With my hands gobbed by the gummy stuffing, I reached for the metal spoon with a handle long enough to reach the darkest insides of the turkey. Perhaps dismembering and murdering her niece quelled Mom’s frenzy.
This was not the case.
“Don’t even think about it.” Mom pressed the electric knife against my wrist, millimeters from my basilic vein, which visibly pulsed beneath my skin. “Aren’t you forgetting something?”
“No, Mom, please,” I sobbed quietly, understanding this fate would not be avoided. “This can’t fix what happened last year. It’s just going to be a different disaster.”
“Add the sage.”
“I don’t even care about the stuffing,” I wept. “I just want mashed potatoes and those jellied cranberries that make a sloorp sound when you take them out of the can. We shouldn’t have criticized. Let me go, you can do the stuffing however you want.”
Slowly, I reached for an unopened container of sage. I knew the only way to survive was to do what she asked, but in the end, I couldn’t. This wasn’t what Angie died for.
“More SAGE!” Gone was the collected veneer. Her mind was lost, replaced by a primitive reptilian focus of adding sage to every last element of the stuffing.
Etching my own tombstone, I hung my head. “I can’t.”
Mom revved up the electric carving knife as she pinned me against the table with inhuman strength. I screamed as she savagely sawed off my right hand.
The rest of the torture was a blur. The last thing I remember was staring into my cousin’s bright, dead eyes, paralyzed as my mother sliced a hole through my belly button and filled my abdominal cavity with dry, ground sage. She cackled joyfully, and my last thought was even though I was lying on a bed of sage and it was covering every inch of my body, because it was cheap, dry, ground sage, I could barely taste it. The sage was little more than annoying dust, and I thought it a fair punishment that Mom’s dressing would be dry, woodsy, and tasteless. I was going to tell her this year that both the stuffing and the turkey were juicier if cooked separately. Now she’d never know.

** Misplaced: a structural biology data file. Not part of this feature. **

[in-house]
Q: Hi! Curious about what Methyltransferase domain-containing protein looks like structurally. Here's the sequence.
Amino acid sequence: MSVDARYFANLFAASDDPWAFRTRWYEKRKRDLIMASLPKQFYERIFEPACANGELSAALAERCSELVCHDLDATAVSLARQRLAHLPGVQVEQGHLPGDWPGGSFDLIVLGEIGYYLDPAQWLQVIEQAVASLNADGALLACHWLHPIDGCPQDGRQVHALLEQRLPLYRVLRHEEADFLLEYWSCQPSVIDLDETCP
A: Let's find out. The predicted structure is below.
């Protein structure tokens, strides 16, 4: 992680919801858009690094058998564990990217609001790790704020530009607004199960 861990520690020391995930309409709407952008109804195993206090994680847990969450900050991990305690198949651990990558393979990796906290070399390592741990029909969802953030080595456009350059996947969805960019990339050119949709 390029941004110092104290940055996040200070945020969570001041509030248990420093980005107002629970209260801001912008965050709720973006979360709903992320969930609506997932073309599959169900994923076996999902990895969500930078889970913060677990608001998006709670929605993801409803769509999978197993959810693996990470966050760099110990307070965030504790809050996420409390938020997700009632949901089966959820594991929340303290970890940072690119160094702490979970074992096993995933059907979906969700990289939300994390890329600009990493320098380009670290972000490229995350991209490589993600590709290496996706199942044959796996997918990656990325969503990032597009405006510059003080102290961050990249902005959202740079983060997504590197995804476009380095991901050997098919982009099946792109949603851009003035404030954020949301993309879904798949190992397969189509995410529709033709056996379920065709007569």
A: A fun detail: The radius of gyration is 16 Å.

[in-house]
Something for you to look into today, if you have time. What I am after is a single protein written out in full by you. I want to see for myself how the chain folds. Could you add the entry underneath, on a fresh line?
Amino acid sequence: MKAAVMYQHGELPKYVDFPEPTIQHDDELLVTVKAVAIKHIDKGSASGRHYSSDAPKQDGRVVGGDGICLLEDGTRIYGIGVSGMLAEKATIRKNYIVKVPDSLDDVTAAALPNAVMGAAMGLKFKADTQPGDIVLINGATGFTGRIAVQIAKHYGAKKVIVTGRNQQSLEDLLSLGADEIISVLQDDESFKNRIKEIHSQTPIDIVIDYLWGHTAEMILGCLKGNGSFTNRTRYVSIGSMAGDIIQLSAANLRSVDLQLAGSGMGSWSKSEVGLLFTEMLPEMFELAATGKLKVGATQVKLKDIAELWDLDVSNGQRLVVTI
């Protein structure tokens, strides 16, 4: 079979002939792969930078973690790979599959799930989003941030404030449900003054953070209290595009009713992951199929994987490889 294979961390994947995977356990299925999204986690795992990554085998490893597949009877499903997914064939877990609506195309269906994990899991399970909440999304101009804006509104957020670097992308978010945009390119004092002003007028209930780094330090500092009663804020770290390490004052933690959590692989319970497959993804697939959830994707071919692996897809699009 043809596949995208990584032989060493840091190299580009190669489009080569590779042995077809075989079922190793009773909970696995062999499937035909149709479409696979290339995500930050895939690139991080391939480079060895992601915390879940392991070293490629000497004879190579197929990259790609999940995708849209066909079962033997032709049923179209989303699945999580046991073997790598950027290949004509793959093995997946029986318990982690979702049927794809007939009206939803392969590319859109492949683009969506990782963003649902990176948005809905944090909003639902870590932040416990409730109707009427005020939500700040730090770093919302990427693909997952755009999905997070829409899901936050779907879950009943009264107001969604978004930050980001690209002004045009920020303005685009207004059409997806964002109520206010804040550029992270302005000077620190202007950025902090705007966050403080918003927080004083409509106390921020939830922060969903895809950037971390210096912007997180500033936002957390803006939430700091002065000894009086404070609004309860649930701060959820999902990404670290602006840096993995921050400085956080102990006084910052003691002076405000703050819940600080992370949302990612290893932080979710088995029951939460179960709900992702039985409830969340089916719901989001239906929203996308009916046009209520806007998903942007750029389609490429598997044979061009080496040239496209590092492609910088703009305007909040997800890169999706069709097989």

Let them all choke on their withered turkey and flavorless stuffing.
What happened to Mom after the massacre, I never learned. Angie and I were granted one last glance at earth. We floated above Angie’s kitchen, the linoleum scrubbed clean of the herb and blood. We wondered why we were being given this opportunity until the new homeowner entered the room with a purpose.
She was holding a brown bundle that she lit in the gas burner. She blew on the sticks so the room was filled with smoke rather than flames.
We realized it simultaneously, and our ghosts giggled together. The woman was blessing the room.
By burning sage.